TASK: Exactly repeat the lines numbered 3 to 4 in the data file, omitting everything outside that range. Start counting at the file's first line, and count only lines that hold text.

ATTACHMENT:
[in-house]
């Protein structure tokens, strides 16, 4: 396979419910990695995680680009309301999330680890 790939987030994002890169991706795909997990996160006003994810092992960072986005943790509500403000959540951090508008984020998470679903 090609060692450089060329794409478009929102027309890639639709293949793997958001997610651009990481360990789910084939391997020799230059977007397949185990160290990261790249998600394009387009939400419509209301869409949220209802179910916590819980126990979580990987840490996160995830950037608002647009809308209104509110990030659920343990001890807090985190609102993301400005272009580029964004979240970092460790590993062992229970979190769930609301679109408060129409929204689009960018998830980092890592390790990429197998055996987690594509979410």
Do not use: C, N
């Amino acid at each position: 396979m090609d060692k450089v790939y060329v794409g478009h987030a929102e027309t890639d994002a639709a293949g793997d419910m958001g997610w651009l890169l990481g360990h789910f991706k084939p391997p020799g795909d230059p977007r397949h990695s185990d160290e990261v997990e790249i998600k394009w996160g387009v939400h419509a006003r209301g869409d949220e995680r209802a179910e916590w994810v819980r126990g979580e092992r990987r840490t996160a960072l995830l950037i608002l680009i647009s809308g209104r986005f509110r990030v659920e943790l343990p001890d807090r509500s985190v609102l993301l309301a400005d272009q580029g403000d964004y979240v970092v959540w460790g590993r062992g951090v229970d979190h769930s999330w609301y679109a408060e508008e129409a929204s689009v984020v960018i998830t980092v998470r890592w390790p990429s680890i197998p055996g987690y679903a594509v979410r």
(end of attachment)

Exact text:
Do not use: C, N
């Amino acid at each position: 396979m090609d060692k450089v790939y060329v794409g478009h987030a929102e027309t890639d994002a639709a293949g793997d419910m958001g997610w651009l890169l990481g360990h789910f991706k084939p391997p020799g795909d230059p977007r397949h990695s185990d160290e990261v997990e790249i998600k394009w996160g387009v939400h419509a006003r209301g869409d949220e995680r209802a179910e916590w994810v819980r126990g979580e092992r990987r840490t996160a960072l995830l950037i608002l680009i647009s809308g209104r986005f509110r990030v659920e943790l343990p001890d807090r509500s985190v609102l993301l309301a400005d272009q580029g403000d964004y979240v970092v959540w460790g590993r062992g951090v229970d979190h769930s999330w609301y679109a408060e508008e129409a929204s689009v984020v960018i998830t980092v998470r890592w390790p990429s680890i197998p055996g987690y679903a594509v979410r």